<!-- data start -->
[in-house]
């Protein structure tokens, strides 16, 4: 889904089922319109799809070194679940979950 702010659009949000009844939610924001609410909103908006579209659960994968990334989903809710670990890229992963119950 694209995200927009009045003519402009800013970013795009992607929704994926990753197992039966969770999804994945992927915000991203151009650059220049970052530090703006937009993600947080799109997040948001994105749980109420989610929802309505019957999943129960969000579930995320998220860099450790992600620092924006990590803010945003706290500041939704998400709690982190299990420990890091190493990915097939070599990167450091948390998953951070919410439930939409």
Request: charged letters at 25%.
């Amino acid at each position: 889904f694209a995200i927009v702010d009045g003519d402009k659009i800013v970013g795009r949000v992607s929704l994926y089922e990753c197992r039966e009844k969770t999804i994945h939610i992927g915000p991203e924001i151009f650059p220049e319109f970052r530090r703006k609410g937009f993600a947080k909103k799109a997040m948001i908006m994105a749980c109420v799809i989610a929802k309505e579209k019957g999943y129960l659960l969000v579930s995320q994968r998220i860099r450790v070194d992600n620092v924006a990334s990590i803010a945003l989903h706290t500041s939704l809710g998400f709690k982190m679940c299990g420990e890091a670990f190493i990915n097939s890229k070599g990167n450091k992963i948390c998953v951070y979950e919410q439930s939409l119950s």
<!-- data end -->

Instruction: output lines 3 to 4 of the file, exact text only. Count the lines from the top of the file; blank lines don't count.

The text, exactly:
Request: charged letters at 25%.
């Amino acid at each position: 889904f694209a995200i927009v702010d009045g003519d402009k659009i800013v970013g795009r949000v992607s929704l994926y089922e990753c197992r039966e009844k969770t999804i994945h939610i992927g915000p991203e924001i151009f650059p220049e319109f970052r530090r703006k609410g937009f993600a947080k909103k799109a997040m948001i908006m994105a749980c109420v799809i989610a929802k309505e579209k019957g999943y129960l659960l969000v579930s995320q994968r998220i860099r450790v070194d992600n620092v924006a990334s990590i803010a945003l989903h706290t500041s939704l809710g998400f709690k982190m679940c299990g420990e890091a670990f190493i990915n097939s890229k070599g990167n450091k992963i948390c998953v951070y979950e919410q439930s939409l119950s």